Netflix's best series won't be back until October but the full trailer for the second season of Stranger Things is down right incredible! Take a look at the Thriller trailer below and get ready for the series to return October 27th.
The Defenders series is just under a month from its highly anticipated debut and the second trailer for the series sees our favorite heroes and all their players matched up with a formidable foe. The central villain will be played by Sigourney Weaver as Alexandra, the mysterious leader of an ancient organization. The trailer also shows Karen Page, Foggy Nelson, Colleen Wing, the return of Elektra and plenty of other recognizable faces from the other Netflix series. The trailer is bringing some heavy action and is set to hit the streaming service on August 18th, 2017. Take a look at the exciting new trailer below and get ready for the ultimate hero mash up!
While I have nothing personally against Finn Jones or the Cast of Marvel's Iron Fist series, it's easily the worst of the comic book-to-streaming series, and arguably one of the worst on Netflix. Iron Fist was massively panned by critics for it's slow and dry story, lacking a lot of action and any sort of rooting character interest. Unfortunately, or fortunately depending on if your liked the series, Iron Fist will be returning for another solo adventure (Presumably to find out what the hell happened to K'un-Lun). The good news it that Danny Rand's second foray will be operating in a post-defenders world, meaning that we could possibly see the inclusion of some of the other Marvel heroes that will be featured in August's series. Hopefully the series sets up Rand for some sort of compelling story arc. We can also hope that Marvel has listened to its fan base and will actually do a better job of developing the series, including supporting character Colleen Wing, who quickly became a fan favorite. A renewal isn't surprising considering how it absolutely crushed the ratings but Marvel cant be betting on a massive returning audience for a solo series after the reviews were so poor.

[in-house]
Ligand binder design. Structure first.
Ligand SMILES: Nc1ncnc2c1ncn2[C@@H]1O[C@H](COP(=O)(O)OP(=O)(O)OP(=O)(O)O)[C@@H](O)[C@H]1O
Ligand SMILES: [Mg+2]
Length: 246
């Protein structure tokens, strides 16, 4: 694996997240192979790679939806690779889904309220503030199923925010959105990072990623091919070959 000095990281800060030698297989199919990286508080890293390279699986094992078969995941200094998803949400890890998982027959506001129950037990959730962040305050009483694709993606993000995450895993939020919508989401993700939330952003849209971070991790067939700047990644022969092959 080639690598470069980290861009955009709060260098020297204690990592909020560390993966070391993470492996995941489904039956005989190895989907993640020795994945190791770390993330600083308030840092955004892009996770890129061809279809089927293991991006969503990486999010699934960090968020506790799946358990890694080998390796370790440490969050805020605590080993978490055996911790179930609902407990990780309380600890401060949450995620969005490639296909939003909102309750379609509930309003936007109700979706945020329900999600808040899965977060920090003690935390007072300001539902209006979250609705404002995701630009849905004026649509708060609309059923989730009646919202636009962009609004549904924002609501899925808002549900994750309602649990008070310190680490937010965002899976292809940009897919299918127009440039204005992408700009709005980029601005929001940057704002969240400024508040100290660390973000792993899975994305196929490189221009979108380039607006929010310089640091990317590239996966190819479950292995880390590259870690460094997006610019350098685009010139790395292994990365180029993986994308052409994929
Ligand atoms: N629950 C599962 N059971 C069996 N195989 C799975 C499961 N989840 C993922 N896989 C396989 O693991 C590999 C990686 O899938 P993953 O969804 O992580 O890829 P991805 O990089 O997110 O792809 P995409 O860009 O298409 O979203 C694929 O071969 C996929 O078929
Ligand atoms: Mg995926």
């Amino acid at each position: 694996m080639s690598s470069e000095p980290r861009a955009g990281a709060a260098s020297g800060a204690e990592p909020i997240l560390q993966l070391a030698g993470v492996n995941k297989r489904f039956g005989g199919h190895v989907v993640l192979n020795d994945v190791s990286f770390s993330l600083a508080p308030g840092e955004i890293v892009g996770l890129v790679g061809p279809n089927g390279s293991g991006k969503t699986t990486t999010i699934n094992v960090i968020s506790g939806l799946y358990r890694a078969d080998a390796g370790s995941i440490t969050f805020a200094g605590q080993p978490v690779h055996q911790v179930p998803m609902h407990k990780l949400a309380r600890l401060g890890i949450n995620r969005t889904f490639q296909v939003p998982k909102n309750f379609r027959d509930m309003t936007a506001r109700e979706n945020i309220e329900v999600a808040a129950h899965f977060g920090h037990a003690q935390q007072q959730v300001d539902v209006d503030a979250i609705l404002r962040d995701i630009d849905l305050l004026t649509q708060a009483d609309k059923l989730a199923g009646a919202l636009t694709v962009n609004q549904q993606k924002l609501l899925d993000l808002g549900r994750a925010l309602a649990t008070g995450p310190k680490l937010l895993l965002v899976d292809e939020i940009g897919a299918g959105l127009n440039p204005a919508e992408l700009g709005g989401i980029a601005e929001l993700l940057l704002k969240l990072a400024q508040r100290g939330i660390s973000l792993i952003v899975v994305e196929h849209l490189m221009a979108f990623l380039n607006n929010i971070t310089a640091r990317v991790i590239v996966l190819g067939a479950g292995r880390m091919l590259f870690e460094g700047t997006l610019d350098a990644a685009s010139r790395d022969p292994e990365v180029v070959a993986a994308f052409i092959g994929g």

Netflix's Okja is the latest victim in their on going battle with same day theater releases. The filmed helmed by the director of Snowpiercer, Bong Joon-Ho, was originally going to be released on the streaming service and in theaters in Korea on June 28th. The largest Korean theater chains, Lotte, Megabox, and CJ CGV have now banned the film from screening entirely, which is a major impact to the box office revenue for the film, considering those three companies control 93% of the countries theaters. This isn't Netflix's first run in with this issue. Last February, AMC and many IMAX screen refused to show Crouching Tiger, Hidden Dragon: Sword of Destiny, which was ultimately met with low review scores and a low box office gross, most of which came from China. While Okja will be available on Netflix June 28th, movie theater chains are still sending a clear message that they have no interest releasing a film to theaters and streaming services the same day. You can take a look at the trailer below and get excited for this heart warming monster movie.
2017 has not been a great year for the on going conversation of the controversy surrounding Hollywood whitewashing. Last falls Doctor Strange controversy, Matt Damon's commercial failure, The Great wall, Netflix's critically panned Iron Fist series, as well the upcoming Ghost in the Shell film starring Scarlett Johansson, have all been part of a long list of westernization and cultural appropriation in Hollywood and Netflix's upcoming live action adaption has already been met with immediate backlash after it's teaser trailer was released. In the live action Death Note, due out in August, highschool student Light Yagami has now become Seattle resident Light Turner, played by Nat Wolfe while Atlanta and Get Out star, Lakeith Standfield, is set to play L. While it was obvious Netflix aimed at taking some creative liberties, the changes (as indicated from the teaser) are a bit alarming. It's more of transposing the mythology of the famed manga series to a student in Seattle. Either way, it's an important conversation worth having. Death Note is due out of Netflix August 25th, 2017.